• A conventional finishing apparatus is a two-roll finishing or polishing stack 10, comprising an opposing upper roll 12 and lower roll 14 spaced apart by a distance that generally corresponds to the desired thickness of the finished thermoplastic sheet or film 15. Such rolls are also sometimes referred to as calendering rolls and the gap between them as the nip 11 of the finishing stack. A typical finishing stack comprises opposing upper 12 and lower 14 steel rolls which are approximately 12 to 20 inches in diameter and have a chrome plated surface with a surface roughness of about 0.05 µm. These rolls are generally cooled internally by passing a fluid through the interior of the rolls using known apparatus and methods for cooling. The temperature of the surface of the rolls can be controlled by this method. After the finished sheet or film exits from the nip 11 of the finishing stack 10, it typically enters the second nip 21 of the idler roll 19, passes through an optional masking station 23, through the pull roll 17, and is wound onto the winder 25.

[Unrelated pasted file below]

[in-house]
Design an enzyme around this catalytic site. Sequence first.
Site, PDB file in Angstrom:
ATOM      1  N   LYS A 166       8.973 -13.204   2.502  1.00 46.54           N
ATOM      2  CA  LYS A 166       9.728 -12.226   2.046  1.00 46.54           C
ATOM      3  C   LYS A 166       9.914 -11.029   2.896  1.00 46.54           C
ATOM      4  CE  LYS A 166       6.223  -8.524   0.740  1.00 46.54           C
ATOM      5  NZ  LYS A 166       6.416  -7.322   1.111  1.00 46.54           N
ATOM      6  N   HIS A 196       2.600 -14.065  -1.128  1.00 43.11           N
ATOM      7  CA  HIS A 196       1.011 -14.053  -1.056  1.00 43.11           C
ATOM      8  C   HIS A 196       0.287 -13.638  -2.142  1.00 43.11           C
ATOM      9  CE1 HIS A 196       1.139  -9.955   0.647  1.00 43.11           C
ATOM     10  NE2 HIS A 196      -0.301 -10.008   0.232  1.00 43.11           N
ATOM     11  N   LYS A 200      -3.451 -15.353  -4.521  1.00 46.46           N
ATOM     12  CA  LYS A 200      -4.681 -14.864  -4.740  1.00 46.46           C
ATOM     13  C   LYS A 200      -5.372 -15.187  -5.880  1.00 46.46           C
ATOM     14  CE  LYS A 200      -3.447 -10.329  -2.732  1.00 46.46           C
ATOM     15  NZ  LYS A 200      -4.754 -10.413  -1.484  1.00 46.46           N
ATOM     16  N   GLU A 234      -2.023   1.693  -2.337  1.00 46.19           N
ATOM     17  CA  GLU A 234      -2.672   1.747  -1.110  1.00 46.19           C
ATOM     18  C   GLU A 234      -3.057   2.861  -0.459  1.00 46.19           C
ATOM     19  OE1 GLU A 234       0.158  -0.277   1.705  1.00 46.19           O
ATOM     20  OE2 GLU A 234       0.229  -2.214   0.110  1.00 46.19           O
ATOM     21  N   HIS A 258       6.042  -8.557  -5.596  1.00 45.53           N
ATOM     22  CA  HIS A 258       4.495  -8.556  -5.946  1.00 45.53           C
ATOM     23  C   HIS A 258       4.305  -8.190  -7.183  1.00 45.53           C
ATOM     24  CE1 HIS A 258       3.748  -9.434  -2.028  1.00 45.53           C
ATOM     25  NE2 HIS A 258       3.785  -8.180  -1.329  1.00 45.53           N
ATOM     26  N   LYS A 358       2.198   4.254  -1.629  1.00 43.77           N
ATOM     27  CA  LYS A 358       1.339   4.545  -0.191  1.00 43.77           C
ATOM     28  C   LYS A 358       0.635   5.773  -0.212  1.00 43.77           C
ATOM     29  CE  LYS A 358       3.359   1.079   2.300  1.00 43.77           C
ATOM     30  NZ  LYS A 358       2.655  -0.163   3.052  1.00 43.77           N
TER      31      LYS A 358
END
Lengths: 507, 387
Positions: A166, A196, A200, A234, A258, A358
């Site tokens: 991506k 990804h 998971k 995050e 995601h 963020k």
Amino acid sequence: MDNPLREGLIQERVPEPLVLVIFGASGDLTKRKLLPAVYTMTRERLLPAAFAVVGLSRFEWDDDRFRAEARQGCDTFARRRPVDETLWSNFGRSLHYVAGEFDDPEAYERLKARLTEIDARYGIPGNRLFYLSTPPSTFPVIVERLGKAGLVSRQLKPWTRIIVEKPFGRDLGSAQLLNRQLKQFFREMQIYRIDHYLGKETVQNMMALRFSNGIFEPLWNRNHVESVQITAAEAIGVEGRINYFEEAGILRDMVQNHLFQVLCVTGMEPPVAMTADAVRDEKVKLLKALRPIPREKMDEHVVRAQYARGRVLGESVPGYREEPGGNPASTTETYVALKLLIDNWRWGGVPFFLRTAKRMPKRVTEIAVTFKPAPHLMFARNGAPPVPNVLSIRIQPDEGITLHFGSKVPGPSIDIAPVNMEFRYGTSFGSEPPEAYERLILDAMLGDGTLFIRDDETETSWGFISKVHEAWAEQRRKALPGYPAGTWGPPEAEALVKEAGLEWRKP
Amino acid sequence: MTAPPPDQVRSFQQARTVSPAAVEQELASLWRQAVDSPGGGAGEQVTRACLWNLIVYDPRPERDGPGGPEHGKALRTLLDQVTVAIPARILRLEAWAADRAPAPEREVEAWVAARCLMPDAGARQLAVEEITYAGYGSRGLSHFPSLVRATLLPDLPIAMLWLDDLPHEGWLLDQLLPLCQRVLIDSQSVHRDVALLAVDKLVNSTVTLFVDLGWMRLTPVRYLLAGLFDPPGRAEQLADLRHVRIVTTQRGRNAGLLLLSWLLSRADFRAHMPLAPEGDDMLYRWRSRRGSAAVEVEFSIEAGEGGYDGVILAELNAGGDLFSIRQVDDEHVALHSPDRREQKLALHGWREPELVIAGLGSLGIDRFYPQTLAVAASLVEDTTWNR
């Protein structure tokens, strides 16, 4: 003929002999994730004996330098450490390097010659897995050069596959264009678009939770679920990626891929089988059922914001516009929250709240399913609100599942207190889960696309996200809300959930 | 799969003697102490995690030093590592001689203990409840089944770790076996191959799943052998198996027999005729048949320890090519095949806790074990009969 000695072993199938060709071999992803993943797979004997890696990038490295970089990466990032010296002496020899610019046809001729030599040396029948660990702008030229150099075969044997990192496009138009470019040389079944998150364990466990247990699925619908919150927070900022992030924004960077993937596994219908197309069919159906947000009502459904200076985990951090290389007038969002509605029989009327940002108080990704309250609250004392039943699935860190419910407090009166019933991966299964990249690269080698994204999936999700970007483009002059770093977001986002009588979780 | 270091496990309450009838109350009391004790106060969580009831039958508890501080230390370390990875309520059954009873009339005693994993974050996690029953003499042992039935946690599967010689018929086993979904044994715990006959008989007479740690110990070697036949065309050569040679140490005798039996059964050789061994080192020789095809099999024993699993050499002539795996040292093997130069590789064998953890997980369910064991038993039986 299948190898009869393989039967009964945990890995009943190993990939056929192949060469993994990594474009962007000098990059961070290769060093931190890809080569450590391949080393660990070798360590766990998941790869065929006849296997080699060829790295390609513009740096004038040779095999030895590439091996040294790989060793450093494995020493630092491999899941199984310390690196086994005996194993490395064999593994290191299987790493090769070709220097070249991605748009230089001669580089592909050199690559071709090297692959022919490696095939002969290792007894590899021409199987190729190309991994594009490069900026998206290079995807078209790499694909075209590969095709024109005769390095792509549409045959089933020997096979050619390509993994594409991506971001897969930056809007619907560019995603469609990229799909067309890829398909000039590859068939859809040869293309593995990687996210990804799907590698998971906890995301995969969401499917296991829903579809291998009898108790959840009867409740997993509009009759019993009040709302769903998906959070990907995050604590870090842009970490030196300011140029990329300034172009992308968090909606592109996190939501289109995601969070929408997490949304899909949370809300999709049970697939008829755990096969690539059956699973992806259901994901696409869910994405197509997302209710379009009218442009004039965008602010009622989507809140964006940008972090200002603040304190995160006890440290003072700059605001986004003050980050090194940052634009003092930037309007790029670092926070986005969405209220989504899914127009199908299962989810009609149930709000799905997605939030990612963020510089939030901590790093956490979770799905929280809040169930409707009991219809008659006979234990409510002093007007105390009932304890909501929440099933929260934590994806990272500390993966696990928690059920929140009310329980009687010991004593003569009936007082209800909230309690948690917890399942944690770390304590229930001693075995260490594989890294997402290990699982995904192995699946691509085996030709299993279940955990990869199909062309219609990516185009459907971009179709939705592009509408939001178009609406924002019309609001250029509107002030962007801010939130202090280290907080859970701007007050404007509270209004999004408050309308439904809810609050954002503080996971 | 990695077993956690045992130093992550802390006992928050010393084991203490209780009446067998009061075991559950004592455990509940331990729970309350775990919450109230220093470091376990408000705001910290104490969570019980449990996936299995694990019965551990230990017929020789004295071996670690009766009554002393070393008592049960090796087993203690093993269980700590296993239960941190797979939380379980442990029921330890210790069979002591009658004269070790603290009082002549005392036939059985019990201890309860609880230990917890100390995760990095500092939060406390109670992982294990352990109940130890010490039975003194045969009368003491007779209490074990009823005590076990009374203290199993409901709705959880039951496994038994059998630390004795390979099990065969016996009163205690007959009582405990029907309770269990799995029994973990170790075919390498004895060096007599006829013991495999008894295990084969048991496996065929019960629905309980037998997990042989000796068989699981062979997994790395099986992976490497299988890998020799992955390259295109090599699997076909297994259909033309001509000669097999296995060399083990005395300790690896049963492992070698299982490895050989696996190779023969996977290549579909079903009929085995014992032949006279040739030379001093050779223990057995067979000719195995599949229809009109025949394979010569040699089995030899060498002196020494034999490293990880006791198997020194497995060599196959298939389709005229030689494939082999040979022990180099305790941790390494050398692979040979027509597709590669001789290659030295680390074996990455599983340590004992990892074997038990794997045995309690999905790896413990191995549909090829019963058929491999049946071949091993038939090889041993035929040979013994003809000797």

• The temperature of the rolls is controlled to a temperature that is below Tg of the thermoplastic material that is being processed. In the gap between the rolls, the surfaces of the sheet or film are abruptly vitrified via contact with the calendering rolls. Therefore, upon contact with the rolls, only the interior portion of the film remains in the thermoplastic or molten state.